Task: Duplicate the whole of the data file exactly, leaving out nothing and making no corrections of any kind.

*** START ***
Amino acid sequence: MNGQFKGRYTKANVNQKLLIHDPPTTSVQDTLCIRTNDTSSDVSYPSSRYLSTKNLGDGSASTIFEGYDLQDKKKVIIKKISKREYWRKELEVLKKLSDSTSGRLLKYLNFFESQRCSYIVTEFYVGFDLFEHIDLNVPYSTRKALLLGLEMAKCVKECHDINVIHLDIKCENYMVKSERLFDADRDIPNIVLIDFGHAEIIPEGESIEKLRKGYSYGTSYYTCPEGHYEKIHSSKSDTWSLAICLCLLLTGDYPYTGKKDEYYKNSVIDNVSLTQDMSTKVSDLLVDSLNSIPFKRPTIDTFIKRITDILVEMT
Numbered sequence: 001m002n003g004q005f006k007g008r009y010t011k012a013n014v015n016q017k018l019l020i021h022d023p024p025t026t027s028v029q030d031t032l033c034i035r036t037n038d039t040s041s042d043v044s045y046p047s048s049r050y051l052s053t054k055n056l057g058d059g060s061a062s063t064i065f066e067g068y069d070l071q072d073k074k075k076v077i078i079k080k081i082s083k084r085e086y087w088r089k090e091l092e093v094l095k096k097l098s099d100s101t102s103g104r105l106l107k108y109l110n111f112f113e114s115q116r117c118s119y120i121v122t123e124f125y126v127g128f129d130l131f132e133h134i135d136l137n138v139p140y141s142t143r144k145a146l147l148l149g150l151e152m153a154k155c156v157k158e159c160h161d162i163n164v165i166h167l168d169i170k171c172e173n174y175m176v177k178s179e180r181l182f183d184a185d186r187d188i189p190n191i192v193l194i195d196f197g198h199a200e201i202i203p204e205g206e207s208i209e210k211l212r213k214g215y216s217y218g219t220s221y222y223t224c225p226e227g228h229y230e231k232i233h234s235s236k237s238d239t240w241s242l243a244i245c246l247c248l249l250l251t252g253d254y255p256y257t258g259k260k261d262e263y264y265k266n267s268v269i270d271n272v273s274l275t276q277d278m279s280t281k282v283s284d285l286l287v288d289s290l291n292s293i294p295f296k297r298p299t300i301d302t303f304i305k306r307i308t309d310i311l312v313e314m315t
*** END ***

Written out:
Amino acid sequence: MNGQFKGRYTKANVNQKLLIHDPPTTSVQDTLCIRTNDTSSDVSYPSSRYLSTKNLGDGSASTIFEGYDLQDKKKVIIKKISKREYWRKELEVLKKLSDSTSGRLLKYLNFFESQRCSYIVTEFYVGFDLFEHIDLNVPYSTRKALLLGLEMAKCVKECHDINVIHLDIKCENYMVKSERLFDADRDIPNIVLIDFGHAEIIPEGESIEKLRKGYSYGTSYYTCPEGHYEKIHSSKSDTWSLAICLCLLLTGDYPYTGKKDEYYKNSVIDNVSLTQDMSTKVSDLLVDSLNSIPFKRPTIDTFIKRITDILVEMT
Numbered sequence: 001m002n003g004q005f006k007g008r009y010t011k012a013n014v015n016q017k018l019l020i021h022d023p024p025t026t027s028v029q030d031t032l033c034i035r036t037n038d039t040s041s042d043v044s045y046p047s048s049r050y051l052s053t054k055n056l057g058d059g060s061a062s063t064i065f066e067g068y069d070l071q072d073k074k075k076v077i078i079k080k081i082s083k084r085e086y087w088r089k090e091l092e093v094l095k096k097l098s099d100s101t102s103g104r105l106l107k108y109l110n111f112f113e114s115q116r117c118s119y120i121v122t123e124f125y126v127g128f129d130l131f132e133h134i135d136l137n138v139p140y141s142t143r144k145a146l147l148l149g150l151e152m153a154k155c156v157k158e159c160h161d162i163n164v165i166h167l168d169i170k171c172e173n174y175m176v177k178s179e180r181l182f183d184a185d186r187d188i189p190n191i192v193l194i195d196f197g198h199a200e201i202i203p204e205g206e207s208i209e210k211l212r213k214g215y216s217y218g219t220s221y222y223t224c225p226e227g228h229y230e231k232i233h234s235s236k237s238d239t240w241s242l243a244i245c246l247c248l249l250l251t252g253d254y255p256y257t258g259k260k261d262e263y264y265k266n267s268v269i270d271n272v273s274l275t276q277d278m279s280t281k282v283s284d285l286l287v288d289s290l291n292s293i294p295f296k297r298p299t300i301d302t303f304i305k306r307i308t309d310i311l312v313e314m315t